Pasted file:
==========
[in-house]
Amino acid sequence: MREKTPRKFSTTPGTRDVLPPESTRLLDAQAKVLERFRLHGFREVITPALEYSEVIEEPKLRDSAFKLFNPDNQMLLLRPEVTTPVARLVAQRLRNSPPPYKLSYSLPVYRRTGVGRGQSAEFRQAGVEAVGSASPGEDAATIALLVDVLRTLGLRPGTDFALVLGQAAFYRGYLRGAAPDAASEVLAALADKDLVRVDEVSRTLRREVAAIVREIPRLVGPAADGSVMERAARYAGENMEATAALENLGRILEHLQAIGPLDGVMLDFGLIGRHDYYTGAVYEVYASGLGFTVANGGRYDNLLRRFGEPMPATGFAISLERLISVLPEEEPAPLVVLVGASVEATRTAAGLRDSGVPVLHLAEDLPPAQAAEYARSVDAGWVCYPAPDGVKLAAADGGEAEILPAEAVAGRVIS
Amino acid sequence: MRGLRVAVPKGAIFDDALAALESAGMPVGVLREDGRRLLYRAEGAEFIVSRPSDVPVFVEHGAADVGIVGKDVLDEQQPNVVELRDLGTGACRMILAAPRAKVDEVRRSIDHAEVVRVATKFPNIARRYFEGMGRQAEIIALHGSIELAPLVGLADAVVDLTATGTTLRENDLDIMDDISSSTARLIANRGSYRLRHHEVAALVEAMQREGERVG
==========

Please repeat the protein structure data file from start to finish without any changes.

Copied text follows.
[in-house]
Amino acid sequence: MREKTPRKFSTTPGTRDVLPPESTRLLDAQAKVLERFRLHGFREVITPALEYSEVIEEPKLRDSAFKLFNPDNQMLLLRPEVTTPVARLVAQRLRNSPPPYKLSYSLPVYRRTGVGRGQSAEFRQAGVEAVGSASPGEDAATIALLVDVLRTLGLRPGTDFALVLGQAAFYRGYLRGAAPDAASEVLAALADKDLVRVDEVSRTLRREVAAIVREIPRLVGPAADGSVMERAARYAGENMEATAALENLGRILEHLQAIGPLDGVMLDFGLIGRHDYYTGAVYEVYASGLGFTVANGGRYDNLLRRFGEPMPATGFAISLERLISVLPEEEPAPLVVLVGASVEATRTAAGLRDSGVPVLHLAEDLPPAQAAEYARSVDAGWVCYPAPDGVKLAAADGGEAEILPAEAVAGRVIS
Amino acid sequence: MRGLRVAVPKGAIFDDALAALESAGMPVGVLREDGRRLLYRAEGAEFIVSRPSDVPVFVEHGAADVGIVGKDVLDEQQPNVVELRDLGTGACRMILAAPRAKVDEVRRSIDHAEVVRVATKFPNIARRYFEGMGRQAEIIALHGSIELAPLVGLADAVVDLTATGTTLRENDLDIMDDISSSTARLIANRGSYRLRHHEVAALVEAMQREGERVG